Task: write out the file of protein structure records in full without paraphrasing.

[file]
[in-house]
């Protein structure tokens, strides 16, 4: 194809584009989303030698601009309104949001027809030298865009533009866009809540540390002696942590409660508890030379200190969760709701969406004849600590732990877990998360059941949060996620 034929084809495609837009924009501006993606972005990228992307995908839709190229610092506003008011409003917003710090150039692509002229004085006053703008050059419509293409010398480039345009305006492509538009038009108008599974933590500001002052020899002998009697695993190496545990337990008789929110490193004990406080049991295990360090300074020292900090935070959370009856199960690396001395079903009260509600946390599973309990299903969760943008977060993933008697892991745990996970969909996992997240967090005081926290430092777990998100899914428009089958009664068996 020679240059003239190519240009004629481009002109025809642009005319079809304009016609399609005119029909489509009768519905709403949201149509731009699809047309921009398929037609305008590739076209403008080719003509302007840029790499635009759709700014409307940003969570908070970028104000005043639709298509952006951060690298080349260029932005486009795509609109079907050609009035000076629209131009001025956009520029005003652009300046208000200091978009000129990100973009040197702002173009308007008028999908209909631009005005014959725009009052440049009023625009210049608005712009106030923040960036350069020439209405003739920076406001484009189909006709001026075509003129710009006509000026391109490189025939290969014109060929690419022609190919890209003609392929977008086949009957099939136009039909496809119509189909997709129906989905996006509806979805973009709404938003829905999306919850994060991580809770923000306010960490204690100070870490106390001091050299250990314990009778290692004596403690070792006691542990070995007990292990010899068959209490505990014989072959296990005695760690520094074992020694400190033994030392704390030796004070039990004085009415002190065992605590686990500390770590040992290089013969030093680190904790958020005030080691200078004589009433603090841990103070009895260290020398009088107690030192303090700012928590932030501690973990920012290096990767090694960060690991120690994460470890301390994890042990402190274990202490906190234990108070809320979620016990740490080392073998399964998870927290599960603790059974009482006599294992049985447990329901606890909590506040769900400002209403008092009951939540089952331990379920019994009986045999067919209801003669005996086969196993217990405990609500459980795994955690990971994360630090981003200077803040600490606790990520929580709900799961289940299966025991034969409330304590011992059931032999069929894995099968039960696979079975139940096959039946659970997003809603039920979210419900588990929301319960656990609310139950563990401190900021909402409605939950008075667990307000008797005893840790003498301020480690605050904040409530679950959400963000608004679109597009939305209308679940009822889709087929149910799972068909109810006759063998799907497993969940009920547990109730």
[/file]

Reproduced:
[in-house]
């Protein structure tokens, strides 16, 4: 194809584009989303030698601009309104949001027809030298865009533009866009809540540390002696942590409660508890030379200190969760709701969406004849600590732990877990998360059941949060996620 034929084809495609837009924009501006993606972005990228992307995908839709190229610092506003008011409003917003710090150039692509002229004085006053703008050059419509293409010398480039345009305006492509538009038009108008599974933590500001002052020899002998009697695993190496545990337990008789929110490193004990406080049991295990360090300074020292900090935070959370009856199960690396001395079903009260509600946390599973309990299903969760943008977060993933008697892991745990996970969909996992997240967090005081926290430092777990998100899914428009089958009664068996 020679240059003239190519240009004629481009002109025809642009005319079809304009016609399609005119029909489509009768519905709403949201149509731009699809047309921009398929037609305008590739076209403008080719003509302007840029790499635009759709700014409307940003969570908070970028104000005043639709298509952006951060690298080349260029932005486009795509609109079907050609009035000076629209131009001025956009520029005003652009300046208000200091978009000129990100973009040197702002173009308007008028999908209909631009005005014959725009009052440049009023625009210049608005712009106030923040960036350069020439209405003739920076406001484009189909006709001026075509003129710009006509000026391109490189025939290969014109060929690419022609190919890209003609392929977008086949009957099939136009039909496809119509189909997709129906989905996006509806979805973009709404938003829905999306919850994060991580809770923000306010960490204690100070870490106390001091050299250990314990009778290692004596403690070792006691542990070995007990292990010899068959209490505990014989072959296990005695760690520094074992020694400190033994030392704390030796004070039990004085009415002190065992605590686990500390770590040992290089013969030093680190904790958020005030080691200078004589009433603090841990103070009895260290020398009088107690030192303090700012928590932030501690973990920012290096990767090694960060690991120690994460470890301390994890042990402190274990202490906190234990108070809320979620016990740490080392073998399964998870927290599960603790059974009482006599294992049985447990329901606890909590506040769900400002209403008092009951939540089952331990379920019994009986045999067919209801003669005996086969196993217990405990609500459980795994955690990971994360630090981003200077803040600490606790990520929580709900799961289940299966025991034969409330304590011992059931032999069929894995099968039960696979079975139940096959039946659970997003809603039920979210419900588990929301319960656990609310139950563990401190900021909402409605939950008075667990307000008797005893840790003498301020480690605050904040409530679950959400963000608004679109597009939305209308679940009822889709087929149910799972068909109810006759063998799907497993969940009920547990109730």